But there is more we need to say. Forty years ago, Philip Toynbee wrote a famous essay in the magazine Encounter with the title “Evensong at Peterborough”. He and his wife dropped into the Cathedral one day to break a long car journey. Evensong was taking place in the quire. They sat in the nave to listen. “Sometimes the memory of that Evensong seems almost unreal, as remote in time from the England we had been passing through as it had immediately seemed remote in space. Yet there were elements in the celebration itself which showed very clearly that it belonged to our own age: a modern translation of the Bible had been used; a hymn sung in a thoroughly modern manner; a merciful absence of parsonical droning… The dominant impression is of a gracious, holy but esoteric ceremony being performed in the choir at Peterborough, massively isolated from the modern city outside… Yet we had not been only spectators of that deft performance; in so far as each of us had found it possible we had also been participants.”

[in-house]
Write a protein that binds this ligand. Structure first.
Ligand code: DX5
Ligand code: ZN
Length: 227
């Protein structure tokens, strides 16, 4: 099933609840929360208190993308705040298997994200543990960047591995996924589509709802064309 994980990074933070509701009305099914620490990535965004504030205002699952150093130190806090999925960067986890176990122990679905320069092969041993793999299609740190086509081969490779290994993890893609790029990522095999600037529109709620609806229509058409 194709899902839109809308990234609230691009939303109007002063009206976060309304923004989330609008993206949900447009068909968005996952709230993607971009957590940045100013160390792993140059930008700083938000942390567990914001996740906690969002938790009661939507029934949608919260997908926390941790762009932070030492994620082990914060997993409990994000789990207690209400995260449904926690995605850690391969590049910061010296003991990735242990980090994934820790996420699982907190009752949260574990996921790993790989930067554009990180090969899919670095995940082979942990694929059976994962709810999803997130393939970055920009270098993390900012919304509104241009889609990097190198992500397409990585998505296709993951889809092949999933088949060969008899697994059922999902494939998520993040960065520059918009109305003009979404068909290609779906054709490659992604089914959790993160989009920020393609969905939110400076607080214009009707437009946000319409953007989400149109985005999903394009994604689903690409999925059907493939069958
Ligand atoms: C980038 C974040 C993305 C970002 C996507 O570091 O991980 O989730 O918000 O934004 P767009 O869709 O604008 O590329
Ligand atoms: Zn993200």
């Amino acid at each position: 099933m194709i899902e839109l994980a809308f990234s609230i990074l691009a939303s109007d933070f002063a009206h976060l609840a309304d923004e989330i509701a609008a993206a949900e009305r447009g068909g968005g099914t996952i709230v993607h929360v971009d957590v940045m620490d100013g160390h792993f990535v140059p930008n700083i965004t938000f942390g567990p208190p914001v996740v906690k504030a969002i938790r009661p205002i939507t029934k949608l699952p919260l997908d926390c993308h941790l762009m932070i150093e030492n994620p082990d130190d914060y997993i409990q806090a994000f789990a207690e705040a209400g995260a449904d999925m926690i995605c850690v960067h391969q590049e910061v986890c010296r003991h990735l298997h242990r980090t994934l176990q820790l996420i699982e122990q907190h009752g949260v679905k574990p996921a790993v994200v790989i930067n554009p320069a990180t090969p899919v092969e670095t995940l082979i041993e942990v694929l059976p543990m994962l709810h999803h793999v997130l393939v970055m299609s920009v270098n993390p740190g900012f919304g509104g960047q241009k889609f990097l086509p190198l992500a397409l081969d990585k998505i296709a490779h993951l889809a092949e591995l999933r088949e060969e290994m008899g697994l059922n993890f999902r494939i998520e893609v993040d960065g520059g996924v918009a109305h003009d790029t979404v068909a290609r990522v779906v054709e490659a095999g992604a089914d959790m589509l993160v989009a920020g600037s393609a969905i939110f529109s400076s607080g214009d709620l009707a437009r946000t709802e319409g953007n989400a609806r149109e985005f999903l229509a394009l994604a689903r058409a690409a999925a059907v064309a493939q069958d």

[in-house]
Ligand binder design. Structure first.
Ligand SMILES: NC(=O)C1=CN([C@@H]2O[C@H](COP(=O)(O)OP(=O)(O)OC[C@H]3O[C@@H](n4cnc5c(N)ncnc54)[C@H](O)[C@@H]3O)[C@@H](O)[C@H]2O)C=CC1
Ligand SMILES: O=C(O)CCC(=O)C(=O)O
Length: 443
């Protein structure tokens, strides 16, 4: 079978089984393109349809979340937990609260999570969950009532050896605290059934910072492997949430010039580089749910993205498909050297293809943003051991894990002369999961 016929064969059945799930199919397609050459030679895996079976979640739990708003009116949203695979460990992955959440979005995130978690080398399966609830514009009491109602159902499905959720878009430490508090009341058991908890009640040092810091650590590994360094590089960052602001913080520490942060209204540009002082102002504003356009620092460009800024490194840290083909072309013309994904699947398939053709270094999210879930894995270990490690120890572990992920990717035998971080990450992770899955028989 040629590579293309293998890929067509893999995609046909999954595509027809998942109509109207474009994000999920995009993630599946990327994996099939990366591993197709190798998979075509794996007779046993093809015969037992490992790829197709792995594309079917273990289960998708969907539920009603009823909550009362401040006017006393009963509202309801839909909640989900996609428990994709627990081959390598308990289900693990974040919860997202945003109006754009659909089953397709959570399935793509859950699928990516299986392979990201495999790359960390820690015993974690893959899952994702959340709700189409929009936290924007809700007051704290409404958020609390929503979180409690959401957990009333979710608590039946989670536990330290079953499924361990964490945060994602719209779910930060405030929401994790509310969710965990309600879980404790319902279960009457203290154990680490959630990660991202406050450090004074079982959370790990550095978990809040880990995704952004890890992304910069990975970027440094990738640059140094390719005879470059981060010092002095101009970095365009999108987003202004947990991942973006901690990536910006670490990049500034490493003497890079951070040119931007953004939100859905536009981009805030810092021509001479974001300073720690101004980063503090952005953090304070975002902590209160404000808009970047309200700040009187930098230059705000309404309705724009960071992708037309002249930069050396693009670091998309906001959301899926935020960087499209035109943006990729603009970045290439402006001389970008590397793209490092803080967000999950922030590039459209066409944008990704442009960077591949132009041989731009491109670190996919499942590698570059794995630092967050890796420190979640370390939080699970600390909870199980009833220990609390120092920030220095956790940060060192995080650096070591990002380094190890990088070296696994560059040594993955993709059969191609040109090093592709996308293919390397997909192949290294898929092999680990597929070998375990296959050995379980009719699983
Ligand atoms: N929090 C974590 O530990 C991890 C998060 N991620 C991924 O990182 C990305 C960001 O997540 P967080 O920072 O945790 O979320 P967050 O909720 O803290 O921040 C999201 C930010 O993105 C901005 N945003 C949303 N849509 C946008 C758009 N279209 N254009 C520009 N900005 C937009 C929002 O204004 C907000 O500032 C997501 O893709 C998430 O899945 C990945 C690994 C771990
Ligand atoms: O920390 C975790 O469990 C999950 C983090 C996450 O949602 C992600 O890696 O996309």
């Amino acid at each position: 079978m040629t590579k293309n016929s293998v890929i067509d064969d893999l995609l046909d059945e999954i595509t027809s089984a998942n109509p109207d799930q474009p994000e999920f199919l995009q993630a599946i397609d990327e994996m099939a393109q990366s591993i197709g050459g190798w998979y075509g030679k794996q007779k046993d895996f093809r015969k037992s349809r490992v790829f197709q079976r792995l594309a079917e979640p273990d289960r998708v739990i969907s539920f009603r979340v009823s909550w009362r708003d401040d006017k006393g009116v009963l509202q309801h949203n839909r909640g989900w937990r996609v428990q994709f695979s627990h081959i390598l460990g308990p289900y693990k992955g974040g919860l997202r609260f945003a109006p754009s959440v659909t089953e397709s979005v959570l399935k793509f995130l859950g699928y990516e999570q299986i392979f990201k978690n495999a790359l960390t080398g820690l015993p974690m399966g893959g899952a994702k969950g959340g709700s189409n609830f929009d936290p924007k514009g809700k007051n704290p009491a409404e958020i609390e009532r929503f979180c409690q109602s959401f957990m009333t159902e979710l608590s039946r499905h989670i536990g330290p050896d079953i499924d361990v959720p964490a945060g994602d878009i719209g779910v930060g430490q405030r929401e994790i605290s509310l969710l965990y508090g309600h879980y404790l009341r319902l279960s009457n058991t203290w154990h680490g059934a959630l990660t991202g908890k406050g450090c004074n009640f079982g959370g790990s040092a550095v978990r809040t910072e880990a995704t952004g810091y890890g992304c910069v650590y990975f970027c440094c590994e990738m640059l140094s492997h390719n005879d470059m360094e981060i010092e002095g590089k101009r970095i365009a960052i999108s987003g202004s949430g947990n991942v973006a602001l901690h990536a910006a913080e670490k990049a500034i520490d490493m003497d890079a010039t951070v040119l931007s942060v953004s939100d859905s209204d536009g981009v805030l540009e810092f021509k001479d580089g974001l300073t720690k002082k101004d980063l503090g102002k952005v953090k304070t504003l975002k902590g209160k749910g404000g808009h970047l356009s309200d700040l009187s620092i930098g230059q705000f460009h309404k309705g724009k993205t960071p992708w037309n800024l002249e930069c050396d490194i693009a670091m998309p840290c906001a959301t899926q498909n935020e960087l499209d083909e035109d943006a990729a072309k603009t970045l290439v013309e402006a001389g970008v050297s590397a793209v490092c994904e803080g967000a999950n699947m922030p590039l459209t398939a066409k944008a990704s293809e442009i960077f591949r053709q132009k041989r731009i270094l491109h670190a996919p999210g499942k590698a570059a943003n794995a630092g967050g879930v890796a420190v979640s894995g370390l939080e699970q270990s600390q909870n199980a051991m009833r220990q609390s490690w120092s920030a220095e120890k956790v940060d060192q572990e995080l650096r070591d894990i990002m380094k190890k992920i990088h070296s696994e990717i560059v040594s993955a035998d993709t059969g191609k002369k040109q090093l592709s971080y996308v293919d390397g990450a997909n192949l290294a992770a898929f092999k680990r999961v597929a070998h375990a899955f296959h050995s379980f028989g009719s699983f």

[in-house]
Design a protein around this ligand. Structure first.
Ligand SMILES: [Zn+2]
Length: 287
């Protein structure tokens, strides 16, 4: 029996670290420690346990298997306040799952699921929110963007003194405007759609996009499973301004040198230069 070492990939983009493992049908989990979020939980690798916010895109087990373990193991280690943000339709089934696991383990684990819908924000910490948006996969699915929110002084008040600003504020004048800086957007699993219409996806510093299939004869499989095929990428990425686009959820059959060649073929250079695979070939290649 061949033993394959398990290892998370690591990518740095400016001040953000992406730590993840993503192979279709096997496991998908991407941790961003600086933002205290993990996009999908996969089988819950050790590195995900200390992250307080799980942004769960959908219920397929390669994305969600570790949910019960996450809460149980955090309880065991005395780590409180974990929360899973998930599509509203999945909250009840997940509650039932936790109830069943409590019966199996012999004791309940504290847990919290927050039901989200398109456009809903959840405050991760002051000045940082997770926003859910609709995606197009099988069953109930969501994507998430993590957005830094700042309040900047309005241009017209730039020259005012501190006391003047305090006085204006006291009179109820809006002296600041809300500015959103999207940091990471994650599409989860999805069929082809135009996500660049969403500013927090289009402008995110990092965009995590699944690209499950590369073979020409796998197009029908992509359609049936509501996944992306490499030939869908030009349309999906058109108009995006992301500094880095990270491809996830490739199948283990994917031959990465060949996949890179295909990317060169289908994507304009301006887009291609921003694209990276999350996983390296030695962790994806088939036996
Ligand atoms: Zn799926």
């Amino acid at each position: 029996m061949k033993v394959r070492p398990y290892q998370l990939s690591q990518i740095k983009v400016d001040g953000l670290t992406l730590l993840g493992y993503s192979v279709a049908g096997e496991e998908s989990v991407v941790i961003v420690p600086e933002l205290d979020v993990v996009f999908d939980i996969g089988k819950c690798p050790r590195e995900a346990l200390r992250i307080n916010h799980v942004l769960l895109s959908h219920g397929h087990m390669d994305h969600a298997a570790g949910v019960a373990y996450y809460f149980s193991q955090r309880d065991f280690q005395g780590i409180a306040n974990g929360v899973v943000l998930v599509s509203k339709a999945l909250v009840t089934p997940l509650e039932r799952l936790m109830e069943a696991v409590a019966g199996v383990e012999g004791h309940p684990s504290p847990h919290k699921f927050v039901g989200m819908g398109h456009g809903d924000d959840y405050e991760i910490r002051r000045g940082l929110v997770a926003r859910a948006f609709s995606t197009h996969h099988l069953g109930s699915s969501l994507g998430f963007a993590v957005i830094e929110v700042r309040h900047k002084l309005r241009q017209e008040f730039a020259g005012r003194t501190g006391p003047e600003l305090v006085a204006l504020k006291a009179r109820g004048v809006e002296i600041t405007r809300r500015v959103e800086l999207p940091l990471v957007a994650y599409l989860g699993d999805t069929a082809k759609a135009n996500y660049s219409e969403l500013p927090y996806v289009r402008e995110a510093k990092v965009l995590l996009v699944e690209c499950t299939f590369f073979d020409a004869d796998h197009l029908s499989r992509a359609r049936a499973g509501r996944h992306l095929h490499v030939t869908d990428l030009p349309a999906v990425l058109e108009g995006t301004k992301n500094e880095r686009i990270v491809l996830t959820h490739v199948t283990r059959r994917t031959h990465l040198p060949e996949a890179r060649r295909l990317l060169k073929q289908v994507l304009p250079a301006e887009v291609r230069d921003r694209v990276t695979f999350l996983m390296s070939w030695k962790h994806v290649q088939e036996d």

Evensong is sometimes criticised for being aloof, remote from ordinary worshippers, denying them the right to take part. We should challenge that allegation. In liturgy, we “take part” in different ways. Often it’s by active engagement, joining in the spoken words, singing the music together in many styles: classic hymns, worship songs, gospel, responsorial psalms, Taizé chants. But the spiritual tradition teaches us that our participation has another dimension alongside the active. This is its contemplative aspect. Contemplative means being silent before God, learning how to listen and pay attention so as to deepen our awareness. All this evensong teaches us by inviting us, not to be a passive audience enjoying a concert, but to become an engaged community that is entirely involved in the liturgy in a contemplative way. That’s what Philip Toynbee meant by saying, we had been participants. Even sitting in the distant nave of the cathedral, they felt involved, committed to the act of worship, taking part in it in the deepest possible way.